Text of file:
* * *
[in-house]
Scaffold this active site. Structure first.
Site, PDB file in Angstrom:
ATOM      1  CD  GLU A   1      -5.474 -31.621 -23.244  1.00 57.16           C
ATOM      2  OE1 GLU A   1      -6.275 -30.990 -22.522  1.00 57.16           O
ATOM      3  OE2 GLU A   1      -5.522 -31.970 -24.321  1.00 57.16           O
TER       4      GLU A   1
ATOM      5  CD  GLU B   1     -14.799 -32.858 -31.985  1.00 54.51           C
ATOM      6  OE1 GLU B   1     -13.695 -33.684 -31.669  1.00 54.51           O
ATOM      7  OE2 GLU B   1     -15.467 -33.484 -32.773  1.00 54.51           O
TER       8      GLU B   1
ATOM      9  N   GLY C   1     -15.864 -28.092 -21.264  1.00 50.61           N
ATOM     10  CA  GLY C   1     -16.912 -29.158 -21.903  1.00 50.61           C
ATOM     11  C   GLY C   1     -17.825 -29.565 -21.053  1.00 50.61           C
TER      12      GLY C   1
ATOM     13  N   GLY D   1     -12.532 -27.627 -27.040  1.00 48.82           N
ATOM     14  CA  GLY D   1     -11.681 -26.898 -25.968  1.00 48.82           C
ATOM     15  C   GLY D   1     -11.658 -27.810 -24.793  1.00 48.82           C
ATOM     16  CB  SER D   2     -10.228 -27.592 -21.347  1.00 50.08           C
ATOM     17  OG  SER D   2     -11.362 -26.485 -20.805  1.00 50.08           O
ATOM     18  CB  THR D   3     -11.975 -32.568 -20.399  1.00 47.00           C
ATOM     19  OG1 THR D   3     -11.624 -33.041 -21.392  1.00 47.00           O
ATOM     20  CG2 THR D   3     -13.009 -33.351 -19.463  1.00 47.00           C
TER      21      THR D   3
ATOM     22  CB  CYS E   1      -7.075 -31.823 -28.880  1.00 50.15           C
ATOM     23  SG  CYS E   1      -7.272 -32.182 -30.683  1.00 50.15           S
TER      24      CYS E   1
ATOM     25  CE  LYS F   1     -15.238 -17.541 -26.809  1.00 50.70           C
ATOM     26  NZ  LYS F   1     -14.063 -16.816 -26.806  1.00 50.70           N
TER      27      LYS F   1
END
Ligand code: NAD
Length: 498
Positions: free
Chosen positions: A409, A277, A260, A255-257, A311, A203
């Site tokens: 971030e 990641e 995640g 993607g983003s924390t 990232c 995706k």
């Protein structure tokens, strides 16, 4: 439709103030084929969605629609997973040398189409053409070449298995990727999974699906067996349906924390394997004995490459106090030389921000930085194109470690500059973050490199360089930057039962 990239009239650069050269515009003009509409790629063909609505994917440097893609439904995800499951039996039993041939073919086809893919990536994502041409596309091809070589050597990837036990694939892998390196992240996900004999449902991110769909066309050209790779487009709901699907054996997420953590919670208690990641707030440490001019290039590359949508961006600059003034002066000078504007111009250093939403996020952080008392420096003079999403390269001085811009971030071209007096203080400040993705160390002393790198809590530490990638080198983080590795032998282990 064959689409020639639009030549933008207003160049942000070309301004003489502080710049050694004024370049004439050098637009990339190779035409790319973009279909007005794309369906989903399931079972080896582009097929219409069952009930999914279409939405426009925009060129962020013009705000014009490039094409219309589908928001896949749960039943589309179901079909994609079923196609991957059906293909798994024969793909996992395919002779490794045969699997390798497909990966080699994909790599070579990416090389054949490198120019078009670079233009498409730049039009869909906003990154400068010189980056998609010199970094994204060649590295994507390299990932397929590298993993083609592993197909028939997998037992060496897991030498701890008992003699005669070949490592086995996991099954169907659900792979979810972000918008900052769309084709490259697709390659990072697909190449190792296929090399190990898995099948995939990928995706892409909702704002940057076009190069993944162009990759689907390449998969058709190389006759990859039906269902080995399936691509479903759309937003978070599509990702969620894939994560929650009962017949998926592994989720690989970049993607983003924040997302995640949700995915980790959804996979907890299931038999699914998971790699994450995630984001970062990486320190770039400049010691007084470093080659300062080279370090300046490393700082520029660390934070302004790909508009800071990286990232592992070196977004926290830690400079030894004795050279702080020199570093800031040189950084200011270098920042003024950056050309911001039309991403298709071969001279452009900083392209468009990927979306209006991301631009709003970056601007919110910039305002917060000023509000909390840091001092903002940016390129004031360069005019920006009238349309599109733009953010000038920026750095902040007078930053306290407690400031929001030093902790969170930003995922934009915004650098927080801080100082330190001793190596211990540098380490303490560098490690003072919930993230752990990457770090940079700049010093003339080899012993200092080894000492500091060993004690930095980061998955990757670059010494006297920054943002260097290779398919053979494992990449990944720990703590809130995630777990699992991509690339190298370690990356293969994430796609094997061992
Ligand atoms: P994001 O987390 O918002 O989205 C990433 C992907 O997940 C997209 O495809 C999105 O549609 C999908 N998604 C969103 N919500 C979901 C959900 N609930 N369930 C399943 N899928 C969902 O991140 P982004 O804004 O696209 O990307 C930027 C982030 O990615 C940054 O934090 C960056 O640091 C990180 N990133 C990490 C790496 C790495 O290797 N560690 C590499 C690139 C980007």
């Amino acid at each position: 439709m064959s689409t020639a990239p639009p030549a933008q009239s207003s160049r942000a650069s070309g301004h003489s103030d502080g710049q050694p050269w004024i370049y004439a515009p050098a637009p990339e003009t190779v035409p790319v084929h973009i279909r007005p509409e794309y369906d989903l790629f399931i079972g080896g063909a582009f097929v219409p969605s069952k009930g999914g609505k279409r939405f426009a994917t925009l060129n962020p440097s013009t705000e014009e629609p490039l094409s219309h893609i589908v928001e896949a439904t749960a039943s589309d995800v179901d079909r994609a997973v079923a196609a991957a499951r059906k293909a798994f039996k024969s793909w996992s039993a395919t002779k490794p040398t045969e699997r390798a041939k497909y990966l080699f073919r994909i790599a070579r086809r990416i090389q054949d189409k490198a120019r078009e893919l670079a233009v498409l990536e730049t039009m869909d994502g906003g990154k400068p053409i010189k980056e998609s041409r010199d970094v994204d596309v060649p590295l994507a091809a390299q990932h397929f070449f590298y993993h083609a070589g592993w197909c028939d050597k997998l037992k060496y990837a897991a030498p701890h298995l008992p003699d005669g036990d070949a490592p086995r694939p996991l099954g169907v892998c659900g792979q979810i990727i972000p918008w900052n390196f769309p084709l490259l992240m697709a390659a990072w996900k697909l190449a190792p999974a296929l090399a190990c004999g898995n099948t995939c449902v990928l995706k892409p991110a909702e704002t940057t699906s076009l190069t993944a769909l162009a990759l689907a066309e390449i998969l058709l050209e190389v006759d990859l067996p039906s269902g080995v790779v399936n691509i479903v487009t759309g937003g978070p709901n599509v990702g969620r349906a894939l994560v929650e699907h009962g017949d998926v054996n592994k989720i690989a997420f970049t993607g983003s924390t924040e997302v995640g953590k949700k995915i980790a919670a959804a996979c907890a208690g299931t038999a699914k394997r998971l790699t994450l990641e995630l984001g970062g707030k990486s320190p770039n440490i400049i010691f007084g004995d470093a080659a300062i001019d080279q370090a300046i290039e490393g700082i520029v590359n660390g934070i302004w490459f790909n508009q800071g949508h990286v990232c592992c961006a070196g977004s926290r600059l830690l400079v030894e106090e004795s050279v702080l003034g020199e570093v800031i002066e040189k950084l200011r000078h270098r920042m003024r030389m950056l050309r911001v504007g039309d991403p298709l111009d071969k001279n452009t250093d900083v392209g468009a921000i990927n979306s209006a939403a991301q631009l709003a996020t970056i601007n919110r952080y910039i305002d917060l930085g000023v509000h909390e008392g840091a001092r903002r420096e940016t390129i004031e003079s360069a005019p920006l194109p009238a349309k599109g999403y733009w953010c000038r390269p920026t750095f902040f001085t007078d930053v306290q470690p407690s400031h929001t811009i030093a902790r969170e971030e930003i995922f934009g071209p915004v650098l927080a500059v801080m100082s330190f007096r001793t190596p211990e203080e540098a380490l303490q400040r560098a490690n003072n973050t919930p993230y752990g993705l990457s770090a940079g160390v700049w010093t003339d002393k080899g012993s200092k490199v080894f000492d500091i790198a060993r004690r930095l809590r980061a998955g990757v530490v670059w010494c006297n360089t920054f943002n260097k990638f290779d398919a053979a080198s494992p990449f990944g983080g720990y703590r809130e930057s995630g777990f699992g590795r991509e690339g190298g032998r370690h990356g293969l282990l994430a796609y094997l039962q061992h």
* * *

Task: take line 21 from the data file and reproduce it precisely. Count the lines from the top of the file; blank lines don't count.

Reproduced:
ATOM     18  CB  THR D   3     -11.975 -32.568 -20.399  1.00 47.00           C